Case: Unexpected consequences of microcredit loans of the Grameen bank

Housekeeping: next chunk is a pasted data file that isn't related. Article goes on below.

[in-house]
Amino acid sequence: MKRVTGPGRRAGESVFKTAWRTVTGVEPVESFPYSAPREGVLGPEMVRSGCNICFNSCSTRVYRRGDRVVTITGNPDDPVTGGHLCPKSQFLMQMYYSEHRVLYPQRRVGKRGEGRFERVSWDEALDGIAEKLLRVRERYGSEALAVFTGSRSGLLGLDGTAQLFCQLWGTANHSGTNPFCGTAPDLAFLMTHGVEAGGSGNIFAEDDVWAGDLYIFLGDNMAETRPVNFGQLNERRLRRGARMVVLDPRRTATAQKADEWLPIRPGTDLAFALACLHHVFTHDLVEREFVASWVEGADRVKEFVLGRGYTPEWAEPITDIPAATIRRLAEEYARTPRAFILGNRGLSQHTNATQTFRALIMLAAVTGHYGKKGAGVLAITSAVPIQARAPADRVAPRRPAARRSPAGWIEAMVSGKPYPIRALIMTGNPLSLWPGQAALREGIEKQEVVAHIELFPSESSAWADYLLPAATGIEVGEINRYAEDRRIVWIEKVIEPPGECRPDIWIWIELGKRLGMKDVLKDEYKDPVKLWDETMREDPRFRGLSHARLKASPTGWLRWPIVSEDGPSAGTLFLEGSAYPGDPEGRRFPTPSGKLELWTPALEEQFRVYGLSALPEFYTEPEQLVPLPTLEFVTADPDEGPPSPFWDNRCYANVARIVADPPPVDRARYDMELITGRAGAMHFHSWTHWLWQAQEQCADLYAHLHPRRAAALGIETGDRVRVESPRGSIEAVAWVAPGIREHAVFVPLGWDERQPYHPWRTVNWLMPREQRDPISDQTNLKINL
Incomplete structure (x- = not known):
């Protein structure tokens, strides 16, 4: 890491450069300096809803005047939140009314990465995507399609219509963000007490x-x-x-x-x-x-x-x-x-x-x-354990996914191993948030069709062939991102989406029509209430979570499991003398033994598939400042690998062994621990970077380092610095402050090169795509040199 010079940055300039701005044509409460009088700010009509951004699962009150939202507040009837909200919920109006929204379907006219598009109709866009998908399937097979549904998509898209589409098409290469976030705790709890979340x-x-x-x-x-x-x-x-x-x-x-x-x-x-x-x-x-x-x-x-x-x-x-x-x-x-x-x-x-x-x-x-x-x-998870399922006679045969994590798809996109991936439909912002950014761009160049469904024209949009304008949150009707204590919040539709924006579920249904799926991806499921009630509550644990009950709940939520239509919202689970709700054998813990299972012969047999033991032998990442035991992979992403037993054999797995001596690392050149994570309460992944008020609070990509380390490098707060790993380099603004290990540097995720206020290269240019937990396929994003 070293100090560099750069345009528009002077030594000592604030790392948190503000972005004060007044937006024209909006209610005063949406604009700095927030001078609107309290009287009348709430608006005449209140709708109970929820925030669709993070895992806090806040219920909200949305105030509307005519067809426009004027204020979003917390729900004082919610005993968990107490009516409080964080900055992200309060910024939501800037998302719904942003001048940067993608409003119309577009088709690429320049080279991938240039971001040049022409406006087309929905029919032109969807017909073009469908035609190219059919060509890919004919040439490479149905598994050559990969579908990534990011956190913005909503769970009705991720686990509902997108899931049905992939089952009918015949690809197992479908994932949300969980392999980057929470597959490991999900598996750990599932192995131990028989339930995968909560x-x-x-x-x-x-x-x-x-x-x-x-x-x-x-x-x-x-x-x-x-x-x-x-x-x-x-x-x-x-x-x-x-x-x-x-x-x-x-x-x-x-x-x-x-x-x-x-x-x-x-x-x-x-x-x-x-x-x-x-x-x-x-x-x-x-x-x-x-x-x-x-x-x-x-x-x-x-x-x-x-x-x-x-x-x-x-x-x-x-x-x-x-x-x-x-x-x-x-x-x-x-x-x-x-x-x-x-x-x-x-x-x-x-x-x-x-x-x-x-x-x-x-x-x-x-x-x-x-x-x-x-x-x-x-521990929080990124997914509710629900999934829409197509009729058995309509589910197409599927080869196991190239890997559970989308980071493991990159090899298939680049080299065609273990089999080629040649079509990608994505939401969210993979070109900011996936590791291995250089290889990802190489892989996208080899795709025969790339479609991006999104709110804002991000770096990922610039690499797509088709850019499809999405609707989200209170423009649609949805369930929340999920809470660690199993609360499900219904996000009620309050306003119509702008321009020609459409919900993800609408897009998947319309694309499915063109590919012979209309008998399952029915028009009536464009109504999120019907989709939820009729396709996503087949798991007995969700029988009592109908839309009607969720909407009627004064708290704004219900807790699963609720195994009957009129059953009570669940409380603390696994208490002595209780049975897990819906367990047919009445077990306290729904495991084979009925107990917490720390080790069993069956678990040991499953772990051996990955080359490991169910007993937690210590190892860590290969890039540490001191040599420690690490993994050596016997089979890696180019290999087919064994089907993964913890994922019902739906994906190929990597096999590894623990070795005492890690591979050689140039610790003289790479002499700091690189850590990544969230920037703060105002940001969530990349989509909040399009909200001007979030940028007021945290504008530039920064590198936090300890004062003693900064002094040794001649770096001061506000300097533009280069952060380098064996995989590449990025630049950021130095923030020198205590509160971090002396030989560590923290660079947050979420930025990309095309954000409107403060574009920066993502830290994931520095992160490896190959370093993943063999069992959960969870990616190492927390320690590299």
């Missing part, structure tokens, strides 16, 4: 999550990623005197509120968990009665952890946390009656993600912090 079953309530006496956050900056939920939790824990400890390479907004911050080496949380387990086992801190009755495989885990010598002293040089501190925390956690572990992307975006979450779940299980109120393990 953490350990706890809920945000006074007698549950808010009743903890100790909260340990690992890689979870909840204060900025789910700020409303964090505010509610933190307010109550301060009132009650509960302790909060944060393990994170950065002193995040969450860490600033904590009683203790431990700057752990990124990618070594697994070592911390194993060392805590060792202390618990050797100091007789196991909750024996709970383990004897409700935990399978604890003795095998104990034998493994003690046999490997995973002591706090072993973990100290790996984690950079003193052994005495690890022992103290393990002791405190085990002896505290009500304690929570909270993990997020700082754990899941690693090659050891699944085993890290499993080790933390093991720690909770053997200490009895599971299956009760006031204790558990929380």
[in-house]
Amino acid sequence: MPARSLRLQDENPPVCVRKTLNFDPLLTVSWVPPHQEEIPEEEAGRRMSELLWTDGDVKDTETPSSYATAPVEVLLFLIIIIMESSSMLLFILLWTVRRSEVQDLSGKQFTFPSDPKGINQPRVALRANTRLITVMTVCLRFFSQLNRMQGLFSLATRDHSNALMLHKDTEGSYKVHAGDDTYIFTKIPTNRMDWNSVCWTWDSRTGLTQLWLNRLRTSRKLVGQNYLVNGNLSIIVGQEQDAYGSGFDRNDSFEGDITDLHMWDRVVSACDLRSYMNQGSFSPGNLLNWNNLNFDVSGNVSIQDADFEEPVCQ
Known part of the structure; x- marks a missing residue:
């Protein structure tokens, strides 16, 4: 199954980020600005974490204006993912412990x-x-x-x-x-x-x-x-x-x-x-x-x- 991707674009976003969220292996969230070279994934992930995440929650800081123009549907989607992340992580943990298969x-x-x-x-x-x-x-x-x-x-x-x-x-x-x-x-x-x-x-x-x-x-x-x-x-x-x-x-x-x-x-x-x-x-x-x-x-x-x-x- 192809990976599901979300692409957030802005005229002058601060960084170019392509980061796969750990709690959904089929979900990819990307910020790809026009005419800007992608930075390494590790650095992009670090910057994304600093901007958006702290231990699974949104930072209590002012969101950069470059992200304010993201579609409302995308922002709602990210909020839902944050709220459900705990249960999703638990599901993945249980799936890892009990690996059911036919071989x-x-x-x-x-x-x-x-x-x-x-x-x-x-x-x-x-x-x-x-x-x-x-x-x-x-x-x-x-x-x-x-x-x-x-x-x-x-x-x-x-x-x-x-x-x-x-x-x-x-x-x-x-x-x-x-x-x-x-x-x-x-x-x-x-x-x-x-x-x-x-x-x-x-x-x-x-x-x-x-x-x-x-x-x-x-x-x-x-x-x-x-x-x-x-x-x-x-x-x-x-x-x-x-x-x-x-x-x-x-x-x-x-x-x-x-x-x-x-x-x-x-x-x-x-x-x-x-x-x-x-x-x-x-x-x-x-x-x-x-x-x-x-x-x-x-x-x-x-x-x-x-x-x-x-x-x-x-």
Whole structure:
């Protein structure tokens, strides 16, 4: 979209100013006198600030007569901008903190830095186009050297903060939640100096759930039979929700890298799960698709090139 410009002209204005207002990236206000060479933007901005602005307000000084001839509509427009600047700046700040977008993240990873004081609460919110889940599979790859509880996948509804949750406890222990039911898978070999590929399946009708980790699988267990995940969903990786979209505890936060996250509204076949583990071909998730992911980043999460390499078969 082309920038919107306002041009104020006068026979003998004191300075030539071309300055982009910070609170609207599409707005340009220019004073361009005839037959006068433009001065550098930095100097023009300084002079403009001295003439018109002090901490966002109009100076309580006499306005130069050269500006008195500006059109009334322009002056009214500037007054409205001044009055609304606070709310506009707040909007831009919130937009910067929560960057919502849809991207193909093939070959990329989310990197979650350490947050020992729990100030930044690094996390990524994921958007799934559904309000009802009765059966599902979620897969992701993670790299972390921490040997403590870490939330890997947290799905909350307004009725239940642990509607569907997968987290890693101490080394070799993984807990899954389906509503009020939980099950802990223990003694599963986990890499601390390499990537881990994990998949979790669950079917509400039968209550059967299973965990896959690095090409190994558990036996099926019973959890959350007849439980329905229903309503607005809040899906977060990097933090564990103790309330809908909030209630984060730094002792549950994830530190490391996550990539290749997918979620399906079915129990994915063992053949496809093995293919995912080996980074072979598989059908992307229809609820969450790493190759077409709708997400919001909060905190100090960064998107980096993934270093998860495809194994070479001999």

Since 1980 is the Grameen Bank an example of an successful social enterprise. For many people its success proved that a social enterprise could make a heathty profit without subsidies and that the concept of a social enterprise could be a social and financial success. Muhammed Yunus the owner of the Grameen Bank (GB) is the inventor of microcredit loans. Microcredits are very popular in Asian countries and the GB has the biggest market share in the Bangladesh (Muhammed Yunus 2005: 1). Yunus argues that microcredit is the new solution to poverty, because it`s stimulates the economics of the poorest societies without making people dependent of gifts or hurting their ego. Even the poorest people can get a loan because microcredit doesn't need material capital. Everybody can achieve their goals independently, with their own blood sweat and tears (Ibid.: 2). What he says is true, but what many people dont know is that there is a dark side to micro credits as well, because the loans had unexpected consequences in societies. The concept sounds simple enough; the Grameen Bank (GB) gives mini loans to the poorest people in the most deserted places. These loans are meant for building houses or small companies that could improve as well the community by raising buying power as well increase the living standard of the loaning family. This is possible because the GB doesn't uses capital to reimburse its loan and investment, but social pressure. A loan is given to a group of women and they are together responsible to paying the monthly repayments, with their reputation within the group and community as collateral (Aminur Rahman 2007: 67). That means that their honor, social status and health depend on paying the monthly repayments. And there lays the first crux. Honor is very important in the Bangladeshi society. There is an immense pressure to fulfill your part of the repayments because of the group...
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